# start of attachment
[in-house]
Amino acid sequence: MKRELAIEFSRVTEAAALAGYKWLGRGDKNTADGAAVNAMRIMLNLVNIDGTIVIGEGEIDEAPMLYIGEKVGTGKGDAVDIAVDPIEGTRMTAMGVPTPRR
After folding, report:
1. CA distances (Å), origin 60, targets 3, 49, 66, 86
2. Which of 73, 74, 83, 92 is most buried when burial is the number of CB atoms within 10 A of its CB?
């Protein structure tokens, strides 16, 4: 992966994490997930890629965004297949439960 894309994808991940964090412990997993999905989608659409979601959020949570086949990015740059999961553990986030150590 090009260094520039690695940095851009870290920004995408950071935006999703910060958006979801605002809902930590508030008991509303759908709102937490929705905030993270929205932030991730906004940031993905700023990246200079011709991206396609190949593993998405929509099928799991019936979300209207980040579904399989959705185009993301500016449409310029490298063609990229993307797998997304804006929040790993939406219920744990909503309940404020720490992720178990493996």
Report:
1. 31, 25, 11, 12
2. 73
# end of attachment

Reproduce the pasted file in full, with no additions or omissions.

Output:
[in-house]
Amino acid sequence: MKRELAIEFSRVTEAAALAGYKWLGRGDKNTADGAAVNAMRIMLNLVNIDGTIVIGEGEIDEAPMLYIGEKVGTGKGDAVDIAVDPIEGTRMTAMGVPTPRR
After folding, report:
1. CA distances (Å), origin 60, targets 3, 49, 66, 86
2. Which of 73, 74, 83, 92 is most buried when burial is the number of CB atoms within 10 A of its CB?
């Protein structure tokens, strides 16, 4: 992966994490997930890629965004297949439960 894309994808991940964090412990997993999905989608659409979601959020949570086949990015740059999961553990986030150590 090009260094520039690695940095851009870290920004995408950071935006999703910060958006979801605002809902930590508030008991509303759908709102937490929705905030993270929205932030991730906004940031993905700023990246200079011709991206396609190949593993998405929509099928799991019936979300209207980040579904399989959705185009993301500016449409310029490298063609990229993307797998997304804006929040790993939406219920744990909503309940404020720490992720178990493996």
Report:
1. 31, 25, 11, 12
2. 73